ODU Management Professor Studies Bad Workplace Behavior; Will Appear March 27 on 'With Good Reason'
March 24, 2016
We have all worked with that person. The employee with no regard for rules and responsibilities. The one who will do anything to get ahead.
How can those employees be identified in the workplace? And what steps can employers take to discourage that behavior?
Rachel Frieder, assistant professor of management in Old Dominion University's Strome College of Business, has some suggestions.
Frieder recently collaborated on a study published in the Journal of Management, one of the most influential journals in the management discipline. Frieder will discuss the findings of the article, "The role of interpersonal influence in counterbalancing psychopathic personality trait facets at work," this week on "With Good Reason," a public radio program spotlighting research at Virginia's public universities.
Frieder will appear on the episode "Cloak and Dagger in the Workplace" at 7 a.m. on Sunday, March 27 on WHRV-FM 89.5 in Hampton Roads. The program also airs in different timeslots at more than 50 public radio stations from coast to coast. Broadcast times are posted on the "With Good Reason" website.
Frieder, who came to Old Dominion in 2014, researches how individuals succeed in the workplace, notably through political skills such as the appearance of sincerity, understanding others' needs and motives, and fitting in with what is socially acceptable.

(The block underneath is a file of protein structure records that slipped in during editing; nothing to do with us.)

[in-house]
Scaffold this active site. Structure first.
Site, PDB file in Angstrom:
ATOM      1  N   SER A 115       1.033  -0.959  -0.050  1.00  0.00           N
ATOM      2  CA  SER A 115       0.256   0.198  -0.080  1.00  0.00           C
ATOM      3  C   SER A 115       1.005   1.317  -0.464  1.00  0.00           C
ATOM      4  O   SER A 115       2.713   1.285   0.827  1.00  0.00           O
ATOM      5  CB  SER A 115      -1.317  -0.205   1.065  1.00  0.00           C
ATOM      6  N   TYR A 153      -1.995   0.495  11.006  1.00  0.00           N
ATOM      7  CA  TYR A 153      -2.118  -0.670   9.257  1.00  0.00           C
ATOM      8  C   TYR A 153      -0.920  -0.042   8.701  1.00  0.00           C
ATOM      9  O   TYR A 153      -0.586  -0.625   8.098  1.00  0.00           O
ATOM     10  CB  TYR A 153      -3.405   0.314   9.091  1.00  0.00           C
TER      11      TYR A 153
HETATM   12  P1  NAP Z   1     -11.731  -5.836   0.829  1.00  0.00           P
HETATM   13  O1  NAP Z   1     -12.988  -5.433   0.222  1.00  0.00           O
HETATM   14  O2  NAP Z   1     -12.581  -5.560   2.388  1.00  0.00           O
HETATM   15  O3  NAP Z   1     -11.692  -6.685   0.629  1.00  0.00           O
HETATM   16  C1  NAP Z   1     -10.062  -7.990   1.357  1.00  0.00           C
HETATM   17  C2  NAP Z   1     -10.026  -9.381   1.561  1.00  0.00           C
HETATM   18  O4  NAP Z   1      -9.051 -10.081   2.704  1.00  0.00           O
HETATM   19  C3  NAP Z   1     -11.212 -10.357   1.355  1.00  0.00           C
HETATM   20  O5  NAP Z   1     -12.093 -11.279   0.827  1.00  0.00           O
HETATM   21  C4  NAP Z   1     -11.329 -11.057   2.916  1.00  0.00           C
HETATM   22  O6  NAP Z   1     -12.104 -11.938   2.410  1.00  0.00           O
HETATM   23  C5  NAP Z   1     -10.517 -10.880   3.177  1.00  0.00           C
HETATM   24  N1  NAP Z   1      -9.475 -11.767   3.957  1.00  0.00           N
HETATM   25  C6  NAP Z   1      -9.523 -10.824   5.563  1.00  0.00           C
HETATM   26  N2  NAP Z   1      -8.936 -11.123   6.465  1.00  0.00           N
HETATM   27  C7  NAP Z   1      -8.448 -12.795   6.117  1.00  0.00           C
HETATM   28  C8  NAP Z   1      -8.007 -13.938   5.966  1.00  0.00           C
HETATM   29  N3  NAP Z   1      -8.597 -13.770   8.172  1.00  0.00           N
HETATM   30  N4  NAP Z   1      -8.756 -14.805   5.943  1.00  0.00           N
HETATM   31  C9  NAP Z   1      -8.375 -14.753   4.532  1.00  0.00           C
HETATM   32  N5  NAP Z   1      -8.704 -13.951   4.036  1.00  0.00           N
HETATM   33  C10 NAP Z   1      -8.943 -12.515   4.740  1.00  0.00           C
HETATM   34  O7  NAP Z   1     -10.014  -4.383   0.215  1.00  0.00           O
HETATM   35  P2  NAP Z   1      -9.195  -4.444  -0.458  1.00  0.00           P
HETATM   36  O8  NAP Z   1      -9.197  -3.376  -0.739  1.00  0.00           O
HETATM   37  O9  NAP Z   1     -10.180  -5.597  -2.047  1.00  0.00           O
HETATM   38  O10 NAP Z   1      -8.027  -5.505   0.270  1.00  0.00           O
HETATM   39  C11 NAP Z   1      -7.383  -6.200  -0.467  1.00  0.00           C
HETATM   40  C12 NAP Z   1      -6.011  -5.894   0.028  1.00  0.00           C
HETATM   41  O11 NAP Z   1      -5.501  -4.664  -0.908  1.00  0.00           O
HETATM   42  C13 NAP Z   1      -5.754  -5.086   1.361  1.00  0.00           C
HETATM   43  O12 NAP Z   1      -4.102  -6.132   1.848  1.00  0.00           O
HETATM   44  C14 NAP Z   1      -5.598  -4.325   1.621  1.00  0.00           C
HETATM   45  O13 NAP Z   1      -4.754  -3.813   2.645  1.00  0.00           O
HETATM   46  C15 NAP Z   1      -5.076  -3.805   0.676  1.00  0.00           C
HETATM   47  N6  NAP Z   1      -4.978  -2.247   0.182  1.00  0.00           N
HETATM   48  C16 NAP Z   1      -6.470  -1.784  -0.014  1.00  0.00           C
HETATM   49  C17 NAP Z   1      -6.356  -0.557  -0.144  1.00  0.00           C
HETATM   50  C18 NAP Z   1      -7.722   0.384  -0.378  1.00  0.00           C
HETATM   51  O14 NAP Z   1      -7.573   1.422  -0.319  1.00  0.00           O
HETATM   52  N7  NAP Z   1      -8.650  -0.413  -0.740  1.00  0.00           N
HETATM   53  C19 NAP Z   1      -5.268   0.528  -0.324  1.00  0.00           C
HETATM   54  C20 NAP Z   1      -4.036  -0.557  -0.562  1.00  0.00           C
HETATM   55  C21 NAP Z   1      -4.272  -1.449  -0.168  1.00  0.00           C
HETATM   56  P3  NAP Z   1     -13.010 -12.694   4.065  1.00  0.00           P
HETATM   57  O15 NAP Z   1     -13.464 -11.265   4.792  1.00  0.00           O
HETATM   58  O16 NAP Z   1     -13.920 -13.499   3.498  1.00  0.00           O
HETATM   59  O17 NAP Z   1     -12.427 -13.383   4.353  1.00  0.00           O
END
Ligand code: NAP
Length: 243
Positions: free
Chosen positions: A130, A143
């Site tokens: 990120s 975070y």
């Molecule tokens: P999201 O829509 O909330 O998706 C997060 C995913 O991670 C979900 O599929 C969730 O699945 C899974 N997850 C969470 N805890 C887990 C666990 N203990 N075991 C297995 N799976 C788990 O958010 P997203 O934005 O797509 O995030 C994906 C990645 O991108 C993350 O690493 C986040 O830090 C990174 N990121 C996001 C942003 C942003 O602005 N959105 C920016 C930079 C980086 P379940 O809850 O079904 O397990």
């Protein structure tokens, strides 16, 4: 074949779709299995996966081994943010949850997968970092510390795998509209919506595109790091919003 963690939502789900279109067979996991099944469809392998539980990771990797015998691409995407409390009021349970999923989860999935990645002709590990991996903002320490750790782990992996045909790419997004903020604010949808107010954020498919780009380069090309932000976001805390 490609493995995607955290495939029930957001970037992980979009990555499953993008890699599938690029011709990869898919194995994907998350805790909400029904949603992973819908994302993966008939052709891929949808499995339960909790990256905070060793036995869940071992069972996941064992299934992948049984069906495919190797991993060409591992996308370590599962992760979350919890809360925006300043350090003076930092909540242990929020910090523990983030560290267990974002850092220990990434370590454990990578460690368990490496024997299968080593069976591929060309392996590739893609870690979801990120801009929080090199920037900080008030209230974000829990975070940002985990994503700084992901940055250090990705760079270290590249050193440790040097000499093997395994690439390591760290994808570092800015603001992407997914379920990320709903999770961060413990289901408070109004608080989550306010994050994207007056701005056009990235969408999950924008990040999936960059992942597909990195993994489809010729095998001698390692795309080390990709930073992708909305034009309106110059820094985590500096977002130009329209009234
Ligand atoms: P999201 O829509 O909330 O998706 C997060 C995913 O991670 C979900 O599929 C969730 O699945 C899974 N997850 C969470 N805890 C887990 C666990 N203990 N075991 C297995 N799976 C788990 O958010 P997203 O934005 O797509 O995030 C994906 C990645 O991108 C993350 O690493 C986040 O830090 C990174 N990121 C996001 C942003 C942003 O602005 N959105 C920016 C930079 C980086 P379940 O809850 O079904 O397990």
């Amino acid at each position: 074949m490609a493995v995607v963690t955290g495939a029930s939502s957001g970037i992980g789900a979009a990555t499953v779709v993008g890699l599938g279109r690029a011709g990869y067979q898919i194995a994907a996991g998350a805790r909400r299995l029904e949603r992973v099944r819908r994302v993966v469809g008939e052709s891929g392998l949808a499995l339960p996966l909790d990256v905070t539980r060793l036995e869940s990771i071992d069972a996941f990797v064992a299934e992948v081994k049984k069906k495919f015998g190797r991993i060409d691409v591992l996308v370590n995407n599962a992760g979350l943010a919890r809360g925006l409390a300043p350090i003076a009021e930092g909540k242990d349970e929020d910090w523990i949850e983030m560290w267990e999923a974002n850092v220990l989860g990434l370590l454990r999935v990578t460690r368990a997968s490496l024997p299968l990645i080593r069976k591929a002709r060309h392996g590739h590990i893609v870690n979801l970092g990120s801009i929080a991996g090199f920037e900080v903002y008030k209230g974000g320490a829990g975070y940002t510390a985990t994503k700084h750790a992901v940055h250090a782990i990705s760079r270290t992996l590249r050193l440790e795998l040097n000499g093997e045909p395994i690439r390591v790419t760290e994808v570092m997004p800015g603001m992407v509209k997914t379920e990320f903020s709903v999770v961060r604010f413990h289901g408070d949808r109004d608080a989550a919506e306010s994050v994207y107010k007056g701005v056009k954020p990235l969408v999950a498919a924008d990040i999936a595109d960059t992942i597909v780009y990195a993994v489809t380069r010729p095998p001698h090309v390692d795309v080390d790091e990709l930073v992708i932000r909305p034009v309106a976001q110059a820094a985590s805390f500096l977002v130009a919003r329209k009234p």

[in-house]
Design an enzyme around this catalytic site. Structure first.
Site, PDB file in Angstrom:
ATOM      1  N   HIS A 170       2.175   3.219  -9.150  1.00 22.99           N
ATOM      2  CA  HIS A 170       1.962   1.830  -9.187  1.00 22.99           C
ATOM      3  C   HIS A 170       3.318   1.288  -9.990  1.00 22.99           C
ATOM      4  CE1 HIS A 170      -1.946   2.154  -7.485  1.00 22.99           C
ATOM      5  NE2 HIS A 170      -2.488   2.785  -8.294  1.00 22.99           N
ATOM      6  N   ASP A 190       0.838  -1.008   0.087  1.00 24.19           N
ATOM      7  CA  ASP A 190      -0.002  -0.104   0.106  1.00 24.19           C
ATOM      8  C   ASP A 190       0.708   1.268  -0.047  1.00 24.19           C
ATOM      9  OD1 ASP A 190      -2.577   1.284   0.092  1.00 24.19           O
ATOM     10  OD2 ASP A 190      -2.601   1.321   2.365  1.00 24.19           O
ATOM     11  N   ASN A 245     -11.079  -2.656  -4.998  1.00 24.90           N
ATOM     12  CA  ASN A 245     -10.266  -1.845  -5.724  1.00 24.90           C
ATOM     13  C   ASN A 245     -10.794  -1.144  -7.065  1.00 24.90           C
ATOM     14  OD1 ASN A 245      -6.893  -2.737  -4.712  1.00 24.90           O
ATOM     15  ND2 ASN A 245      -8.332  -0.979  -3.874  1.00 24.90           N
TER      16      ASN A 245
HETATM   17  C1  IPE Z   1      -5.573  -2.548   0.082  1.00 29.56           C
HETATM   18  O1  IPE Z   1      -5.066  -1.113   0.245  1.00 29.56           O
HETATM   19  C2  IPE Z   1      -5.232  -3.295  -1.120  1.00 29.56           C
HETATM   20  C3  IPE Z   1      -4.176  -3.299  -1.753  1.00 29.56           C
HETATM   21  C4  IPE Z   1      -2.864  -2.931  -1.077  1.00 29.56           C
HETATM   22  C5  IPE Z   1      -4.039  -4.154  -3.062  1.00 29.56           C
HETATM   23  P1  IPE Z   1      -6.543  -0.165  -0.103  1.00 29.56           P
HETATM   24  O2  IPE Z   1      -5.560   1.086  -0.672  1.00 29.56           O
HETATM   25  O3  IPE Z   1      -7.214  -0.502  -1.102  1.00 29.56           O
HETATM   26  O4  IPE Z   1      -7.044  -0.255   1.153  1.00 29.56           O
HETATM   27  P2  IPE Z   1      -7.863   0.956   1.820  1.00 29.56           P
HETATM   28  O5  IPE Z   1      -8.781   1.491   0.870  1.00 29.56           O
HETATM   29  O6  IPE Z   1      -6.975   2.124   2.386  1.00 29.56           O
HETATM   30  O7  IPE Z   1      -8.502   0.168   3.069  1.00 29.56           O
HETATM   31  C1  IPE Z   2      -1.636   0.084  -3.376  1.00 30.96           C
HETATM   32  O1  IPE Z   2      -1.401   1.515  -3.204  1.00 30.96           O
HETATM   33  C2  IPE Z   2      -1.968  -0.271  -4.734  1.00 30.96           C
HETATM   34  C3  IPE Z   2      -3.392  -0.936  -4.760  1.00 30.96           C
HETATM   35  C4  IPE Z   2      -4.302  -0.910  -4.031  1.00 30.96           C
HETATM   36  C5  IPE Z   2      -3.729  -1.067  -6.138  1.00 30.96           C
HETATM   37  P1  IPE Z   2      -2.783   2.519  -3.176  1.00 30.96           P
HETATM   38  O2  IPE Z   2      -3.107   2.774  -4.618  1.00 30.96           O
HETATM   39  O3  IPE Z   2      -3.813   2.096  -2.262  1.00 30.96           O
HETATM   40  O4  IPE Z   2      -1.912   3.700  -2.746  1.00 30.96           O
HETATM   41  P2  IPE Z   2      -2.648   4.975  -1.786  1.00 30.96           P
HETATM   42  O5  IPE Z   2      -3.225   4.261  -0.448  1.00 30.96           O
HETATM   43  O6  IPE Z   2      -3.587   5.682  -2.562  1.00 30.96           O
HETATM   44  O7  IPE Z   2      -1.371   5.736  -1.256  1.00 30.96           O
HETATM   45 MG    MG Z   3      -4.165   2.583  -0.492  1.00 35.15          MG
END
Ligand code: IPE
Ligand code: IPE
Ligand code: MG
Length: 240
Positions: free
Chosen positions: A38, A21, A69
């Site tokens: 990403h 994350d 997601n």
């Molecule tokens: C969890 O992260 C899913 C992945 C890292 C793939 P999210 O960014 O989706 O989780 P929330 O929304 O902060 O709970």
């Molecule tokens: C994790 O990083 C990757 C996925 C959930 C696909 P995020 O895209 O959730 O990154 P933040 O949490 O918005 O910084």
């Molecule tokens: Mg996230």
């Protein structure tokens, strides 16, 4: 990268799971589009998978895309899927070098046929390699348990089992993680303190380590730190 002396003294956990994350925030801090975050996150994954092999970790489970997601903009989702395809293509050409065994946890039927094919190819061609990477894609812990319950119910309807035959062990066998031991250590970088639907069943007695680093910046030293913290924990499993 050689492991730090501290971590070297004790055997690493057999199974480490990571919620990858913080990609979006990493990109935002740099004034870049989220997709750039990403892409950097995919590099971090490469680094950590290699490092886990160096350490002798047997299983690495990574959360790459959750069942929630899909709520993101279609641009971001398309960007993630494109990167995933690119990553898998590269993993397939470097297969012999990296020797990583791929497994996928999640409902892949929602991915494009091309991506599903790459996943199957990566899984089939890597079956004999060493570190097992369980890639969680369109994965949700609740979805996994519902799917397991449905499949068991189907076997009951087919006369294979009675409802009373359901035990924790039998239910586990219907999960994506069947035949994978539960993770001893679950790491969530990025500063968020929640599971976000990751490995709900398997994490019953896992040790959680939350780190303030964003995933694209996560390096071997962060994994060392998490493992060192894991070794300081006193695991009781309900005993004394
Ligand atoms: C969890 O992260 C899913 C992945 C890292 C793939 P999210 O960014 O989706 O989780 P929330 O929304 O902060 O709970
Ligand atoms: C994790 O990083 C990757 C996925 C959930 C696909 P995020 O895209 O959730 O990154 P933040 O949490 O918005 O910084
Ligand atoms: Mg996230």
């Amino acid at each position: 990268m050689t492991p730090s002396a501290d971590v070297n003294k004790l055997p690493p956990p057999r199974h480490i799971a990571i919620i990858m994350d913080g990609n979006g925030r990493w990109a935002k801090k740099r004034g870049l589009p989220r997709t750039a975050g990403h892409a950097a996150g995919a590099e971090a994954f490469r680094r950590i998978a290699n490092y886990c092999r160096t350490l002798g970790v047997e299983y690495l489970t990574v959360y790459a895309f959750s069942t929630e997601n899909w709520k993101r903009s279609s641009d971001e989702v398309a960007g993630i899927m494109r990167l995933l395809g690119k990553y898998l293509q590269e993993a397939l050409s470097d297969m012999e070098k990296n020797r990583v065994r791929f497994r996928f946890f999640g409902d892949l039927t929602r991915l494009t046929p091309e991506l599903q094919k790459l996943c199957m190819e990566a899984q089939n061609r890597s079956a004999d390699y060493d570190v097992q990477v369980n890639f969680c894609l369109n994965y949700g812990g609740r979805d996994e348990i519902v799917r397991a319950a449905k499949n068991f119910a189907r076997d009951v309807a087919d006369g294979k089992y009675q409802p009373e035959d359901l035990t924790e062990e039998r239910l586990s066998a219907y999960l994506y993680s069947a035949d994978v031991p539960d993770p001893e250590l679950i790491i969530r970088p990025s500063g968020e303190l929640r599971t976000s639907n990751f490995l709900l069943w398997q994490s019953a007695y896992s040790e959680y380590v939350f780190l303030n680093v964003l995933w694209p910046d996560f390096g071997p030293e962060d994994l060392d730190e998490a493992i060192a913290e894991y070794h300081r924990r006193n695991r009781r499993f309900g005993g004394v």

"Some people in the workplace simply know how to sell and package themselves," Frieder said, noting that the increase in collaborative tasks in workplaces nationwide puts a greater emphasis on political skill.
For the study, Frieder and her colleagues examined how political skill can help an individual overcome psychopathic tendencies such as cold-heartedness, fearless dominance and self-centered impulsivity.
"When we think of psychopaths, we think of the more extreme behaviors," Frieder said, noting that the behaviors exist on a continuum, and that as many as 10 percent of adults possess one or more forms of psychopathic tendencies.
"We were interested in how they can manage in the workplace. We found that some of these deficiencies can be overcome with the right type of social skills," Frieder said.
For the study, 523 German workers completed questionnaires to self-identify certain behaviors on a psychopathic continuum. Those answers were compared with a second questionnaire designed to assess political skill.
The findings that psychopathic behaviors can be controlled through political skill is useful knowledge not only for individual workers, but also for employers in selecting, training and conducting performance management of new employees.
By creating reward systems that emphasize behavior that serves others, companies can reward good corporate citizens but dissuade individuals with less-than-noble motives from engaging in destructive workplace behavior, the study found.
Hosted by Sarah McConnell, "With Good Reason" is produced by the Charlottesville-based Virginia Foundation for the Humanities. The show was created more than 20 years ago to spotlight the groundbreaking research being done at Virginia's public universities.
"With Good Reason" has twice won the Gabriel Award for Best Documentary/Public Affairs Program. It also is the recipient of top honors from the Virginia Association of Broadcasters and a second-place award in the Public Radio News Directors competition.
Audio files of the full program and its companion news feature will be posted the week of the show on the "With Good Reason" website.